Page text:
Male mental health can be a taboo area of darkness. Clichés such as “real men don’t cry” and “take it like a man” are sparkling examples of the murkiness of bigotry. These too-frequently bandied taunts are crucifying thousands of men in the UK who are suffering – the vast majority, secretly and silently. One in ten men will require treatment for depression at some point in life, while the National Institute for Clinical Excellence believes that depression in men is under-diagnosed because they describe different symptoms to their GP.
Suicide is the biggest killer of men aged 15-34, with 75 per cent of all suicides in the UK carried out by males. Men are four times more likely to take their own life than be killed by someone else. The latest published figures from the Office of National Statistics show in the UK there were 4,231 suicides among men in 2010 (17.0 per 100,000 population) and 1,377 suicides among women (5.3 per 100,000).
Someone who has been catapulted into the despair of the consequences of suicide is 23-year-old graduate Oli Mosse. Oli’s older brother, Jake, tragically lost his battle with depression in 2010, when he was just 23. Reflecting about his brother, Oli, who speaks with an understated maturity, described how he was someone that appeared to be flawless:
“Jake was a perfectionist, an incredibly high achiever, graduating with first-class honours in Politics, Philosophy and Economics from the University of Manchester. He wanted to be the best and he was – tall, dark, athletic, handsome, lots of friends, popular with the girls. No-one was aware that he was suffering from a mental illness and would even consider doing anything like taking his own life. He was prescribed anti-depressants, but was carrying on as normal, he was going on nights out, attending classes, he wasn’t sitting in a dark room, locking himself away from life.”
Oli explained how he and his family feel utterly let down by the system, and the lack of awareness in society regarding men and mental health:
“There is no serious training for GPs to deal with mental health. Many friends who are studying medicine say it is very much neglected in their courses. Why isn’t it learnt or talked about in the same way, say, as cancer is? It is very much a taboo subject in every aspect of life, from the street to the pub to the doctor’s surgery. People aren’t aware that it’s the biggest killer in young males – every day three young men commit suicide. But think about it, the idea of a totally sane mind doesn’t make sense does it? It doesn’t make sense because it doesn’t exist.”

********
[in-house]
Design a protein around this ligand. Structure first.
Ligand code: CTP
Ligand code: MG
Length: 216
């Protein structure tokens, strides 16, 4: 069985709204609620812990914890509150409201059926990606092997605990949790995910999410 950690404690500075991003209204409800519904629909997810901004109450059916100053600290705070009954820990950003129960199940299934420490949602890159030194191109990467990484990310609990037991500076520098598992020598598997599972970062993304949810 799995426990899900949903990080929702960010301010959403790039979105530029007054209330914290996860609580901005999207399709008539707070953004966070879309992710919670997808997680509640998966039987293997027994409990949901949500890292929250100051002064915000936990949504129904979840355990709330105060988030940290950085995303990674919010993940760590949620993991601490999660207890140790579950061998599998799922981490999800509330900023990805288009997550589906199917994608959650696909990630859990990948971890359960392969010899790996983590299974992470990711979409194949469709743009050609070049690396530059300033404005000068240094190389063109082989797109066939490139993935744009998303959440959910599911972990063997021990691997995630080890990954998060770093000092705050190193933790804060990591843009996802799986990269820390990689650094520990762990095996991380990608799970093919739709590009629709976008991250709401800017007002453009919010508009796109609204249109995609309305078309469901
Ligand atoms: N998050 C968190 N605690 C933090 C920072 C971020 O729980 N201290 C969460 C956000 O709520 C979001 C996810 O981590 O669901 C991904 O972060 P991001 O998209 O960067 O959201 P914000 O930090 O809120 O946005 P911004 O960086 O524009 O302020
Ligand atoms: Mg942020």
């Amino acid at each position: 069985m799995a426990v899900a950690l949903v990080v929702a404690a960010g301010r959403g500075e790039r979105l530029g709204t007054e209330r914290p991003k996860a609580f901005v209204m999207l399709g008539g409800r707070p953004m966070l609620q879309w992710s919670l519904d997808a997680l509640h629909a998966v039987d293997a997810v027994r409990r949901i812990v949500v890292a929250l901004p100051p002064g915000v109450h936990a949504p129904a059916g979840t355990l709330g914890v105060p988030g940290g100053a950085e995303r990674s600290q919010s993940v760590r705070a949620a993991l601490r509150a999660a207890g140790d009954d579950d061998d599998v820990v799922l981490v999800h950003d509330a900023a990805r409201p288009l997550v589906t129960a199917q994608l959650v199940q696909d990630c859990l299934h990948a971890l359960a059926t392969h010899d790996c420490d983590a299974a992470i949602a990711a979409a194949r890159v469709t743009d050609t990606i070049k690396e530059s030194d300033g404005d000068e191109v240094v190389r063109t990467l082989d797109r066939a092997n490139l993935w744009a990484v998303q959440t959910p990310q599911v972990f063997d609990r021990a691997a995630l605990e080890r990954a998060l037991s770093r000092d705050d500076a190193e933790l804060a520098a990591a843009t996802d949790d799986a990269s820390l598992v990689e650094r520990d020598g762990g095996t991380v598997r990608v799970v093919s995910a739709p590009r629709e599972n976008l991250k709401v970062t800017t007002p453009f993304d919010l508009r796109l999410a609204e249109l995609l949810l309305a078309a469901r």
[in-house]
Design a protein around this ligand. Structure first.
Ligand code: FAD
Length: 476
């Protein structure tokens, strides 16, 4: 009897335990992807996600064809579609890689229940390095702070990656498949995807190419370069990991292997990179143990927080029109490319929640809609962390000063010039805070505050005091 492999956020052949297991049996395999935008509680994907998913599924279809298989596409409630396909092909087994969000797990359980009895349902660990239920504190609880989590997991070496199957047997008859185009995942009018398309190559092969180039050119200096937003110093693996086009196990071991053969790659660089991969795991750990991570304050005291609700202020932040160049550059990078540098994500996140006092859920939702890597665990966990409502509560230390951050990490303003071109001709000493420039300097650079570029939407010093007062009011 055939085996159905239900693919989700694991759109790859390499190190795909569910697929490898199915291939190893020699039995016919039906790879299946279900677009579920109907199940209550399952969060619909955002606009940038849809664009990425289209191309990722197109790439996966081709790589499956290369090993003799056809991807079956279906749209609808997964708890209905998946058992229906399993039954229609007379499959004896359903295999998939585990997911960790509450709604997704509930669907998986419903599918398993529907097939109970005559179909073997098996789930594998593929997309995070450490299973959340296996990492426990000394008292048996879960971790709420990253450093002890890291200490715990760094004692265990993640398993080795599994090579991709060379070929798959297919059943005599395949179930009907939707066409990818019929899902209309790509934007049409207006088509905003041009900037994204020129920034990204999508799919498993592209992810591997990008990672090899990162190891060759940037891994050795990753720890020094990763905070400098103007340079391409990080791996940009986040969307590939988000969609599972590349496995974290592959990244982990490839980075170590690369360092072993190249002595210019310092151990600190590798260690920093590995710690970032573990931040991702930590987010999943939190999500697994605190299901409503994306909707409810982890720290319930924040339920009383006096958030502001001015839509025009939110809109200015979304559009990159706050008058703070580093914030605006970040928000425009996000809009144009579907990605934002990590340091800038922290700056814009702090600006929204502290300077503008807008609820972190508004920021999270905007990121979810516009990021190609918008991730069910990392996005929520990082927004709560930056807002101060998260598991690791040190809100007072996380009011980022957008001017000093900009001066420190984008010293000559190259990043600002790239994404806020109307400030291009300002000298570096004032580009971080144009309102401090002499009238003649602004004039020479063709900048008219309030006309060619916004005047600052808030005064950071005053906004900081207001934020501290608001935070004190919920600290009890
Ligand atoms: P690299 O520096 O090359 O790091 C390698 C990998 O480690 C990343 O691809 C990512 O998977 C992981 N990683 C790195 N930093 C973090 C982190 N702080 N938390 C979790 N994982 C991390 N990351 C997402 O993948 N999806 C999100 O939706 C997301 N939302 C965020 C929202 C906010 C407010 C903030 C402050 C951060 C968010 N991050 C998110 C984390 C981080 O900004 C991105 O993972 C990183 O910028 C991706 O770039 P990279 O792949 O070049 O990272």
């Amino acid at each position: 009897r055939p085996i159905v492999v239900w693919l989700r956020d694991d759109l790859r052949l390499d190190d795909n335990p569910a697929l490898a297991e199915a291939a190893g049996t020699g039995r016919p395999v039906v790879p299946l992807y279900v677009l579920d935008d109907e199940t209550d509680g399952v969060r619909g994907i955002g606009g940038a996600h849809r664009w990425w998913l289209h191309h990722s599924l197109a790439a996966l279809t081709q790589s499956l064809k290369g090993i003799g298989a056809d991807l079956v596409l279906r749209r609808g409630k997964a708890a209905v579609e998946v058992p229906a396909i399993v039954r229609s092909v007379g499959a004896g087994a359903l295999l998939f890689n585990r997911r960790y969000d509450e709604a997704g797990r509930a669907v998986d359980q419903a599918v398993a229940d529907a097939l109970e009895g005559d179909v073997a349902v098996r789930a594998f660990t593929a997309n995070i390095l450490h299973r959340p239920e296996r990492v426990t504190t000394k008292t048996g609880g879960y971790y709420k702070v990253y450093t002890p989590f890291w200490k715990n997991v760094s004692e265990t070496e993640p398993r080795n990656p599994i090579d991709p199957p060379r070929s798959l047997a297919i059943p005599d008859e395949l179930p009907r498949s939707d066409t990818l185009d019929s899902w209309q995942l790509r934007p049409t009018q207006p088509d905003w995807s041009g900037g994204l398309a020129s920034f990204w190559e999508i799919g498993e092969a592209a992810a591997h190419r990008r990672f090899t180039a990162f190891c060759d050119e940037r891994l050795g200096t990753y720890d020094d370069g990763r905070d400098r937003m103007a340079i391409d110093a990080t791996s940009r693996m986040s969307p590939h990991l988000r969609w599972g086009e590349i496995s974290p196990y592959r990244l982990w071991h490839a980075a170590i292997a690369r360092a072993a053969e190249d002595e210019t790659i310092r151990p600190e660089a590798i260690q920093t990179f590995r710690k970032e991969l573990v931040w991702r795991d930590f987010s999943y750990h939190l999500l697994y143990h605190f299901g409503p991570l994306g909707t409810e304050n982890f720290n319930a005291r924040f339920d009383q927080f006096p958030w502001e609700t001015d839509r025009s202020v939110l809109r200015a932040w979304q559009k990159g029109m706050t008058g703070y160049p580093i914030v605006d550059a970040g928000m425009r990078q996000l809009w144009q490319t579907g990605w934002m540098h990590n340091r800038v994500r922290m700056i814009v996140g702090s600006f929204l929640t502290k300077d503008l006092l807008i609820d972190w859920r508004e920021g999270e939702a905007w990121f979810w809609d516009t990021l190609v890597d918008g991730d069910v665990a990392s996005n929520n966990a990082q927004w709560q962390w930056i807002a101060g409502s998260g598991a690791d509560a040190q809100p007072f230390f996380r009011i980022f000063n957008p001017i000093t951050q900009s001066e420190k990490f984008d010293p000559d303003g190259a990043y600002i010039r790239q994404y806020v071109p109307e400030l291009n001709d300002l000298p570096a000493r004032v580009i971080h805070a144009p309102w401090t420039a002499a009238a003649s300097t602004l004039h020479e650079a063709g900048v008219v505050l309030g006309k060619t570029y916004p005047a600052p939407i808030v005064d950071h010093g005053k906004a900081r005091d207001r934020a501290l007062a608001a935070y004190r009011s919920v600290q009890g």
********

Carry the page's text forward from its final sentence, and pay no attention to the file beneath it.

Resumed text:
Oli founded HEADCulture after Jake’s death, to fight depression and suicide in young men. He ran the Manchester-based charity while at university, and said their approach worked because they were different, “cool and relaxed”.
“We used to organise parties in clubs and bars, just like any other night out at university, but used them as a platform to educate people on the risks of depression and suicide. Friends and I would be walking around wearing tee-shirts with the words ‘Suicide’ and ‘Depression’ across the back to try and get the message across that the words are socially acceptable for young men to talk about. Guys would email after nights out and engage with us, they’d tell us they had a wicked night, and thought they were alone in how they were feeling, but now realise they’re not.”
The politics of mental health
“While suicide is the biggest killer of young men, the public are far more concerned with gun and knife crime… The difficulty is we are trying to tackle an issue that is not seen as an issue.“
– Jane Powell, Campaign Against Living Miserably
The scale of mental illness in Britain is horrific, with the NHS doing “little about it”. That’s the finding of a new study published by the London School of Economics. The report: How Mental Illness Loses Out In The NHS, complied by psychologists, doctors, economists and NHS managers, describes mental illness as more disabling than most chronic physical diseases. The research also found only a quarter of those who need treatment are actually receiving it.
Suicide is also rising faster among older men, the age group most at risk are those aged 45 to 54, with 53 per cent of deaths in this age bracket being from killing oneself. This has led suicide prevention charity, Campaign Against Living Miserably (Calm), who carried out the research, to expand its remit to include older men. Chief Executive Jane Powell explained how gender needs to be at the heart of the government’s suicide-prevention strategy:
“We are in difficult economic times and across the board there is cost cutting – everyone is being badly hit. Our concern is that men aren’t a group that are seen as a priority by society, in fact there’s zero public awareness of suicide, so of course there’s never enough being done. We aren’t funded by the government so our resources are limited, while suicide is the biggest killer of young men, the public are far more concerned with gun and knife crime – although men are four times more likely to take their own life than be killed by someone else. The difficulty is we are trying to tackle an issue that is not seen as an issue.”
There are feelings of despair, disillusionment and disenchantment in Britain today with this coalition government recklessly running and ruining the show. Their savage welfare reform is striking the UK’s most vulnerable even harder and has struck fear in mental health experts, who have warned of the fatal consequences of benefit changes.
The website Calum’s List was formed “as evidence the appalling carnage that the past and current fatally flawed welfare reform is causing for real families and the friends of the bereaved”. The site lists the number of deaths in the UK where welfare reform has alleged to have had some culpability.
The department of health has postponed the publication of its suicide prevention strategy until later this year. A spokesperson said: “In 2010-11, £11.91 billion was spent on mental health disorders, compared to the £11.26 billion in 2009/10,” adding, “mental health is high on the government’s agenda.”
Note: Some names and details have been changed to protect identities.
If you have been affected by any of the issues raised, please contact the Samaritans on (0044) 08457 90 90 90 or visit their website.
Siobhan Courtney is a British freelance broadcast journalist and writer. She is a former BBC World News presenter and BBC News journalist who has reported and written for BBC Newsnight.